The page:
After he was released from his rehabilitation, he entered into a severe depression and spent several weeks in his bedroom, twenty-four hours a day with tinfoil on his windows. He was debating suicide until his father and brother forced him out of the house to try hand cycling. He then met a wheelchair basketball coach and found his new passion. Although he was now in a wheelchair, he decided to make the most of his life and move forward with the realization that life must go on. He now plays for a semi-professional wheelchair basketball team called the San Jose Spokes. Arthur had made a decision during his recovery that he would embrace his new reality rather than spiral into depression.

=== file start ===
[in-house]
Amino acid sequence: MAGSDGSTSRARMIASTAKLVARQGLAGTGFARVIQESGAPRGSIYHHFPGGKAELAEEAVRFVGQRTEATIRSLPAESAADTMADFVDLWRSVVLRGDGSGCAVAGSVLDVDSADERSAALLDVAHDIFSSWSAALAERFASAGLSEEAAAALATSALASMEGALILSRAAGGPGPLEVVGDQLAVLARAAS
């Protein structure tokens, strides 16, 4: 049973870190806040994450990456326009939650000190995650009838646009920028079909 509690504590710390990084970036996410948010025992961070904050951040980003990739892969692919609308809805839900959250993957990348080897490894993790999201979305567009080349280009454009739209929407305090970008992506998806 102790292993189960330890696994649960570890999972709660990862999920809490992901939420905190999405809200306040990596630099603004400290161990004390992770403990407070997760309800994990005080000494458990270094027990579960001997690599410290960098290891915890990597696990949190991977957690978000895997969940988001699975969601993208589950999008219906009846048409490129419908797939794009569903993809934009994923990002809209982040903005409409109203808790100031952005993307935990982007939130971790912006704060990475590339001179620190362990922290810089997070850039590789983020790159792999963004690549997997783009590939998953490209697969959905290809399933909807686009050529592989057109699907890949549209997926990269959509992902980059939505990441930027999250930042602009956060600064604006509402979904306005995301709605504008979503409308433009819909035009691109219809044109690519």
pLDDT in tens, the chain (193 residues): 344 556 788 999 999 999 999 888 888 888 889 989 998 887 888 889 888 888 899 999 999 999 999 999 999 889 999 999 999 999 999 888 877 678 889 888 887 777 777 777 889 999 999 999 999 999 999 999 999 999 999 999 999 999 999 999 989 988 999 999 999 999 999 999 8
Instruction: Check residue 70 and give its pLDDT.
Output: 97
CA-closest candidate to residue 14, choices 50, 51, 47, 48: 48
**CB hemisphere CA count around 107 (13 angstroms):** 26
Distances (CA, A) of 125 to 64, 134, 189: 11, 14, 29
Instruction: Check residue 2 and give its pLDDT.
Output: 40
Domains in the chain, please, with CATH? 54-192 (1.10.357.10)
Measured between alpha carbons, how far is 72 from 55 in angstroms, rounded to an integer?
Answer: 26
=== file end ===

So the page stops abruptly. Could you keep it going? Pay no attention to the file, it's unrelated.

He also established the Life Goes On Foundation, whose aim is to help bring an end to gun violence among young people in California. Arthur does not want to see another young person become a victim of gun violence. Today he runs the foundation and hits the streets, speaking about his incident and spreading his message of peace. He also speaks at special events. Like me, Arthur had people in his corner giving him encouragement, but it was his decision to get back into the ring.
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